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Omega-3 polyunsaturated fatty acid intake norms and preterm birth rate: a cross-sectional analysis of 184 countries

20 Apr 2019

Background

The preponderance of evidence now indicates that elevated long-chain omega-3 polyunsaturated fatty acid (LC omega-3 PUFA) intake is often associated with reduced risk of preterm birth (PTB). This conclusion is based on recent meta-analyses that include several studies that reported null findings. We probed the reasons for this heterogeneity across studies and its implications for PTB prevention using country-level data.

Methods

We analysed the relationship between national PTB rates (<37 weeks of gestation) and omega-3 PUFA intake norms from 184 countries for the year 2010. To estimate the total LC omega-3 PUFA levels (eicosapentaenoic acid [EPA]/docosahexaenoic acid [DHA]) that these norms produce we utilised a metric that accounts for (1) seafood-based omega-3 intake (EPA/DHA) and (2) plant-based omega-3 intake (alpha-linolenic acid [ALA]), ~20% of which is converted to EPA/DHA in vivo. We then assessed the shape of the omega-3–PTB relationship with a penalised spline and conducted linear regression analyses within the linear sections of the relationship.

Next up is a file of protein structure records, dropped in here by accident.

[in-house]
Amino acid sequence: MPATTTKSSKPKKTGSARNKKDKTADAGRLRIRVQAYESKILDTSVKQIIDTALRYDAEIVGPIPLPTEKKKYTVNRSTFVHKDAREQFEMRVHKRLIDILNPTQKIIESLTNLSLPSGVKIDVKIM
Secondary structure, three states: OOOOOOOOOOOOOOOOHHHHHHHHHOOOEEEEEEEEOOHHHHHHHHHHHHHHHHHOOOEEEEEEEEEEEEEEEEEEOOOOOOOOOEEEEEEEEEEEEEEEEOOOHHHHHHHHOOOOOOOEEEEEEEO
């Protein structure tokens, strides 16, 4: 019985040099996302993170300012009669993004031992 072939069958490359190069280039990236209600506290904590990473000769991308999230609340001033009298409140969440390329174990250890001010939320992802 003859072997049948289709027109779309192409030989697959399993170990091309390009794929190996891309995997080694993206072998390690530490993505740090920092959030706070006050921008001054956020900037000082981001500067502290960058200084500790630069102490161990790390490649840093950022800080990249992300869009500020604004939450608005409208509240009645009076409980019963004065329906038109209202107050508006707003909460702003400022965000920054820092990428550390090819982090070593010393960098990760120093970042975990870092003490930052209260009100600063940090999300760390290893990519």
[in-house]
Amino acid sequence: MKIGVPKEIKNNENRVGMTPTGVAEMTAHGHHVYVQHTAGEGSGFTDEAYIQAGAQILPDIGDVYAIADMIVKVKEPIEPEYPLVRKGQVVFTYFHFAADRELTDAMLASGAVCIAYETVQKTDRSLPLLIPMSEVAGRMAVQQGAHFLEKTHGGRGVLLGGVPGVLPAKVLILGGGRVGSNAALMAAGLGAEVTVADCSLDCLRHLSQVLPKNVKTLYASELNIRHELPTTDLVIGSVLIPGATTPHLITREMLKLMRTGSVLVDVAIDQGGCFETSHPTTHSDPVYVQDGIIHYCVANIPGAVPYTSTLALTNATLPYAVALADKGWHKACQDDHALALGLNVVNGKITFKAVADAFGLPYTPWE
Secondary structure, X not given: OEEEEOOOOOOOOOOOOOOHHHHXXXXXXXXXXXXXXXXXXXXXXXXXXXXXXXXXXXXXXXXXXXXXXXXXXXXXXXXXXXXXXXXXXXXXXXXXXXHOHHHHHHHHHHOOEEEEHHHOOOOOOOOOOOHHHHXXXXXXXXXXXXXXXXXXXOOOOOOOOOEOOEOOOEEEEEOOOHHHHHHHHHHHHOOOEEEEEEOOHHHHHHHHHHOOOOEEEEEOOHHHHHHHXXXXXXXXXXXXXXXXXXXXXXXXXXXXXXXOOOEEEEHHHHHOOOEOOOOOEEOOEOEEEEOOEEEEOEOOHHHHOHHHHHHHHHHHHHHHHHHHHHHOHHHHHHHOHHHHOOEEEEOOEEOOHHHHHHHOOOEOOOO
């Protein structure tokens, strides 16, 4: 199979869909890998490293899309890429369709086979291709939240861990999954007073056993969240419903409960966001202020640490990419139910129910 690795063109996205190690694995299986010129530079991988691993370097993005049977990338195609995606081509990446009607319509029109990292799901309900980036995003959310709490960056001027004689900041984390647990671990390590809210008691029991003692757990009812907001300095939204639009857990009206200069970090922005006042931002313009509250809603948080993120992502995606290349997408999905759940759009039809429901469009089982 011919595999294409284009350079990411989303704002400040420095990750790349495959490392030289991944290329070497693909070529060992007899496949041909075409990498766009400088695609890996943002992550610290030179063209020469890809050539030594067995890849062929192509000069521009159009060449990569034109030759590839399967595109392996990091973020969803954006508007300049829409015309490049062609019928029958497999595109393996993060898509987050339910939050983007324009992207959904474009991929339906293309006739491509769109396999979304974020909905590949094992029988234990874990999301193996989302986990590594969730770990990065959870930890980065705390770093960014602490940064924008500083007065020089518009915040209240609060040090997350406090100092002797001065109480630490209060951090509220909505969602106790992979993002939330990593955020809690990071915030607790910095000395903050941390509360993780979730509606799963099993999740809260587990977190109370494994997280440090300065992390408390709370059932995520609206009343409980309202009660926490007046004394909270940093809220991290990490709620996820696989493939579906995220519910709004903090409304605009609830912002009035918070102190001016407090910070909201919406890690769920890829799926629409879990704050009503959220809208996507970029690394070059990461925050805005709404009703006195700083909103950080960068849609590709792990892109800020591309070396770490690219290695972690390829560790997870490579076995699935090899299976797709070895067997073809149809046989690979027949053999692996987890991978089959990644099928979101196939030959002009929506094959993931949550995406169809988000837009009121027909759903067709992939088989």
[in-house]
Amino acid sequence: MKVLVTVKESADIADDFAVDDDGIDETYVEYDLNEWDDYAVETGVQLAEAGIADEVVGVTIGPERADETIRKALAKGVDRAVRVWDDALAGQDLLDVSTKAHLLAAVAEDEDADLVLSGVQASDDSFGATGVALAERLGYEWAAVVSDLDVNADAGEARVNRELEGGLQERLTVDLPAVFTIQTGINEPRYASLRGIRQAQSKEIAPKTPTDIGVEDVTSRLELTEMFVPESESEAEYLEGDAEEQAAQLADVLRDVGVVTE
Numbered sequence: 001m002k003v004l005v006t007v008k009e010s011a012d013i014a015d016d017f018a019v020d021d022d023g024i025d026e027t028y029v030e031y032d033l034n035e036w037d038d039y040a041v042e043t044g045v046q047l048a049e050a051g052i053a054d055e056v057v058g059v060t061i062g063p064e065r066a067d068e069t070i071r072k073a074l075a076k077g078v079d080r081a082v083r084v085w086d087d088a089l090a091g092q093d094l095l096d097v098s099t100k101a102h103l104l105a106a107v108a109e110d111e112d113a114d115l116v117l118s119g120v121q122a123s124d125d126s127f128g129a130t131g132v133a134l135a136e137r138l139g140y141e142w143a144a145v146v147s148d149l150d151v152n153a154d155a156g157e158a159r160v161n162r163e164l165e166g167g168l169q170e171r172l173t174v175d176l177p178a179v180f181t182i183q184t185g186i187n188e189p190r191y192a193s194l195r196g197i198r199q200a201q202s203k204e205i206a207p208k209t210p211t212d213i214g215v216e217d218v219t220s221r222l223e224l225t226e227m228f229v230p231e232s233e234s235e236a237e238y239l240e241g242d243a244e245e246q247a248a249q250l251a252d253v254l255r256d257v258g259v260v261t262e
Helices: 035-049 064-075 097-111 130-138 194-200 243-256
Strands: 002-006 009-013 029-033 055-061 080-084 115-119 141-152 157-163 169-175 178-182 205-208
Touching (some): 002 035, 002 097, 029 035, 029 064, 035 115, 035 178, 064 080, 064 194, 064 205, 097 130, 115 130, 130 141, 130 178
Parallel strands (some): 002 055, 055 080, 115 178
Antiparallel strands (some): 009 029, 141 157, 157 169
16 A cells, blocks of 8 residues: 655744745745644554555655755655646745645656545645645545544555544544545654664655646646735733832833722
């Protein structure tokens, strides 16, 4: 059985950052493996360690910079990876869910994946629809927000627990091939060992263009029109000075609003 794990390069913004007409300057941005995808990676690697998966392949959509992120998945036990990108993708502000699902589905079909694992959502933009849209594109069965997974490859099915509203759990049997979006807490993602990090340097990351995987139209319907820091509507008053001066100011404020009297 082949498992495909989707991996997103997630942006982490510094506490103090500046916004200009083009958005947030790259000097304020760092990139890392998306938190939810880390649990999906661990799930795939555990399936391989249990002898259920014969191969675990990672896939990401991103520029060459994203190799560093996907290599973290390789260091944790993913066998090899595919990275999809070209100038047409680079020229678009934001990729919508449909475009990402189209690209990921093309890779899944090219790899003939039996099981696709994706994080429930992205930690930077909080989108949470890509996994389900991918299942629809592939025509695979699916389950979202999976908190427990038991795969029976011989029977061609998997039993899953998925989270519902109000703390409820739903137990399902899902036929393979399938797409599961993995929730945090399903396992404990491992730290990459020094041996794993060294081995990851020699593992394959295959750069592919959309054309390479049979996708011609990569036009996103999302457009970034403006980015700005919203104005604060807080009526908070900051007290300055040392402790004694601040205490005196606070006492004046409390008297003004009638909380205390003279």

Results

Penalised spline analyses indicated that PTB rates decrease linearly with increasing omega-3 levels up to ~600 mg/day. Income-adjusted linear regression analysis among the countries in this exposure range indicated that the number of PTBs per 100 live births decreases by 1.5 (95% CI 2.8 to 0.3) for each 1 SD increase in omega-3 intake norms (383 mg/day).

Conclusions

Taken with prior evidence for a causal association on the individual level, our findings indicate that omega-3 PUFA deficiency may be a widespread contributing factor in PTB risk. Consideration of baseline omega-3 PUFA levels is critical in the design of future interventions.

Click here to view the full article which appeared in BMJ Open